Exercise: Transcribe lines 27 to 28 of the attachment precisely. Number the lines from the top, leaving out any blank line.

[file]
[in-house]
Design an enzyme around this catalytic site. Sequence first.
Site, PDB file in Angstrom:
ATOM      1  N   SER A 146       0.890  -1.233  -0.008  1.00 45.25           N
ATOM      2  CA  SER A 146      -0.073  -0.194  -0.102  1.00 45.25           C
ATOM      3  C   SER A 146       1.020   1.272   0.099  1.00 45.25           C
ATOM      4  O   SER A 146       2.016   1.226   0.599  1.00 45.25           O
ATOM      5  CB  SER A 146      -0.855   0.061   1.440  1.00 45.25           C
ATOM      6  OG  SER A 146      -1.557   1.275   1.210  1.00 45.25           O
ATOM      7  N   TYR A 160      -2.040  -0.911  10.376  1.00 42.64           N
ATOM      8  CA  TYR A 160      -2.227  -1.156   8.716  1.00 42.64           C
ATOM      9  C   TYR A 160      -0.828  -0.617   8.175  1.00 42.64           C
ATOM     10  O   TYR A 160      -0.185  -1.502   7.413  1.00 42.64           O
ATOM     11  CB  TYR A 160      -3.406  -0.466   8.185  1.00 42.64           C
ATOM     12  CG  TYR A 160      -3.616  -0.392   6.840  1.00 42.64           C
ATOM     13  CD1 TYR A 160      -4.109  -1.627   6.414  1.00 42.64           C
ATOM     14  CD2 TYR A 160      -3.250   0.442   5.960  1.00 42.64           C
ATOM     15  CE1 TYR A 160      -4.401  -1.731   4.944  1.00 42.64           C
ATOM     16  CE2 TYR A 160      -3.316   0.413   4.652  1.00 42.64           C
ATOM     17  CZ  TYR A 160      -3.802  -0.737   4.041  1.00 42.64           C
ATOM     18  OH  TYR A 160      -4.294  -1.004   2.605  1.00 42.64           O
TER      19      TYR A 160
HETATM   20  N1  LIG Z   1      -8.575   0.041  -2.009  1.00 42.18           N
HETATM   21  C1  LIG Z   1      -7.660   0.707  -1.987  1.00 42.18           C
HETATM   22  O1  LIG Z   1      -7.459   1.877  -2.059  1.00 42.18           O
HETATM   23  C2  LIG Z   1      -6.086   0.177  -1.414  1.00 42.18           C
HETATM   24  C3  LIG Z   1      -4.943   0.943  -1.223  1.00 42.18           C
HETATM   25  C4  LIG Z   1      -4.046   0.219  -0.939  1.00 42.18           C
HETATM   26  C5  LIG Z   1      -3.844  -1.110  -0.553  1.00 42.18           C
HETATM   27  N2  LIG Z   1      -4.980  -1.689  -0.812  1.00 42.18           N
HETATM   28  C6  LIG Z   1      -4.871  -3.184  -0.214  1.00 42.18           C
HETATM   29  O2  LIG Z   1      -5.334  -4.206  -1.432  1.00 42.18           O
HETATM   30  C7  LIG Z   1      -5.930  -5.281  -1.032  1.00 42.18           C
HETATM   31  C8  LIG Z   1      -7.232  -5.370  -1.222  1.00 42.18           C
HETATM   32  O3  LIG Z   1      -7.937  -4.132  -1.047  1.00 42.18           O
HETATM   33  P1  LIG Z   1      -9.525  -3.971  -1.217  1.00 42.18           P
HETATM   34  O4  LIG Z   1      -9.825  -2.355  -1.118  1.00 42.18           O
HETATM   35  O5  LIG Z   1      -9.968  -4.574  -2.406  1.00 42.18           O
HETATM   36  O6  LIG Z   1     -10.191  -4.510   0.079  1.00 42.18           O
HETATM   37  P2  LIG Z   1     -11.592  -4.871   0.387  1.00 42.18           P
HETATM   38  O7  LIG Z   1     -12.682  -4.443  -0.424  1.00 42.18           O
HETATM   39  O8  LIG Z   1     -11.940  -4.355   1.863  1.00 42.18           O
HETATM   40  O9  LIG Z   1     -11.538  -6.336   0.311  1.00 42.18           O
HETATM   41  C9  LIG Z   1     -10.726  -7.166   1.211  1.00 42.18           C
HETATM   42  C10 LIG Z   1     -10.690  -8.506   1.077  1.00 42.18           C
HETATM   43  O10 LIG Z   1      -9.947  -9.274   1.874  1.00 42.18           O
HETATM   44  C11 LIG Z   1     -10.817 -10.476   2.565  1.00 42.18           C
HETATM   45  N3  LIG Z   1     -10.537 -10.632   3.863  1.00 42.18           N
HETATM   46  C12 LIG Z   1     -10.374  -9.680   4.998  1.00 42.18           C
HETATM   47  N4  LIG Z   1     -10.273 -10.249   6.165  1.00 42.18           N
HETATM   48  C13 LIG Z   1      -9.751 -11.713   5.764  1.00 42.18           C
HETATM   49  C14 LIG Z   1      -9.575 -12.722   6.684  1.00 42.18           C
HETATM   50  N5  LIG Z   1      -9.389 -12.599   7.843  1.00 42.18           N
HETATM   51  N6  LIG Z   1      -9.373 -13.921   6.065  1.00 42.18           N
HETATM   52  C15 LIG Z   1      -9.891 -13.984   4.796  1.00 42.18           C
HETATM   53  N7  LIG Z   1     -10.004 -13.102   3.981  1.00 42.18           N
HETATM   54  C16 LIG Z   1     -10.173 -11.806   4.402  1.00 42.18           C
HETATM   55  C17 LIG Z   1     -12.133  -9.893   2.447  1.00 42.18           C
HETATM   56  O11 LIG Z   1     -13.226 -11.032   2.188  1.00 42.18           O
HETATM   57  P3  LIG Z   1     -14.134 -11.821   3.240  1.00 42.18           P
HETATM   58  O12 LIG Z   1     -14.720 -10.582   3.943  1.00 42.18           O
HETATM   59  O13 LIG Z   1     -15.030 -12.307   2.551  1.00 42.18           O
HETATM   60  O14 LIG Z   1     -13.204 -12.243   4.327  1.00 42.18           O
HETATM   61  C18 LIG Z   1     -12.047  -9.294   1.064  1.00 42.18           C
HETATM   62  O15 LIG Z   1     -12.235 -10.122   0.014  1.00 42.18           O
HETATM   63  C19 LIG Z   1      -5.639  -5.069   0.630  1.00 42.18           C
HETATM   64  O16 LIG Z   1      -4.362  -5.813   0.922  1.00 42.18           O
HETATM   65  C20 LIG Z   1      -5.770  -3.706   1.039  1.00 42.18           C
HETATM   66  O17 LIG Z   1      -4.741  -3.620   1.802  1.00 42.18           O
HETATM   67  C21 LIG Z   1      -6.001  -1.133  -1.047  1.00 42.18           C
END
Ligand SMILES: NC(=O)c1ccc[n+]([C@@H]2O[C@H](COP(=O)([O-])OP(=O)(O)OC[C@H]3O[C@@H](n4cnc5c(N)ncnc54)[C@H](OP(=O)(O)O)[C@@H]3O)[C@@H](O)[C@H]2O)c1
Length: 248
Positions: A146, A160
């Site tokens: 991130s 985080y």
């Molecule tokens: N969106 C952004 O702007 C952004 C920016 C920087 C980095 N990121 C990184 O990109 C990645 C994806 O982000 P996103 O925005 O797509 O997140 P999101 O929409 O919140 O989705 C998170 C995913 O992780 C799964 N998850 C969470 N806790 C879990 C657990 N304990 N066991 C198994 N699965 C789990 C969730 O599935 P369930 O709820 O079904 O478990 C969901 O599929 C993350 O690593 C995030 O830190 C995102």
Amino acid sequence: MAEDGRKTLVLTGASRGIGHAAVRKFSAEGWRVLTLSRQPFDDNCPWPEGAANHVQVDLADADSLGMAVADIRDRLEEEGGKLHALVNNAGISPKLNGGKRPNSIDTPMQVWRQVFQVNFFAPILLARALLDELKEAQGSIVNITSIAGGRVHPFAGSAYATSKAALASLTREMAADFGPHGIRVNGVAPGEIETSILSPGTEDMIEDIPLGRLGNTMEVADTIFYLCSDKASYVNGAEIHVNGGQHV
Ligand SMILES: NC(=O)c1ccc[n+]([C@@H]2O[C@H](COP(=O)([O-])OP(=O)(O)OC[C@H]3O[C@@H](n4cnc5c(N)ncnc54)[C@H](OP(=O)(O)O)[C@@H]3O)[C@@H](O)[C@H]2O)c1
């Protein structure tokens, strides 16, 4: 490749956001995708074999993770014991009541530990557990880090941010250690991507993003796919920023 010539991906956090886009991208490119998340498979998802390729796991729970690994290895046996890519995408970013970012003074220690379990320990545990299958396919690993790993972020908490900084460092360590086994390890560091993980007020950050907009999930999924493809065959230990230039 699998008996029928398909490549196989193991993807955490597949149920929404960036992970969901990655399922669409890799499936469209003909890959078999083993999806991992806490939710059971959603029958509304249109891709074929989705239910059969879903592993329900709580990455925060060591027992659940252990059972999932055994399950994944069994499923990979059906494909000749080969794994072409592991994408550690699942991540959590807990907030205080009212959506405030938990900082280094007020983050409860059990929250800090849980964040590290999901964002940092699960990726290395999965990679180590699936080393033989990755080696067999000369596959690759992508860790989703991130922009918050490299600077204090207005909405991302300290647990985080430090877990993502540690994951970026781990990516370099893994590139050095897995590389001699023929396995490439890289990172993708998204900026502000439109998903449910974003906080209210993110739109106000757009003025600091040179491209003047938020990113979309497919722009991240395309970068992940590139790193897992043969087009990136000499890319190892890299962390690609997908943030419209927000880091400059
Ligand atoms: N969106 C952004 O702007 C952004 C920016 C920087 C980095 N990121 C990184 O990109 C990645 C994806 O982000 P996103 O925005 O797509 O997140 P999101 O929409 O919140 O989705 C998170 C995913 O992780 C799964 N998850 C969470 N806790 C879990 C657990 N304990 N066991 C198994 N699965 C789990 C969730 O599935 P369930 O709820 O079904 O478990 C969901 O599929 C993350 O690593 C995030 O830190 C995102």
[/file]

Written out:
HETATM   24  C3  LIG Z   1      -4.943   0.943  -1.223  1.00 42.18           C
HETATM   25  C4  LIG Z   1      -4.046   0.219  -0.939  1.00 42.18           C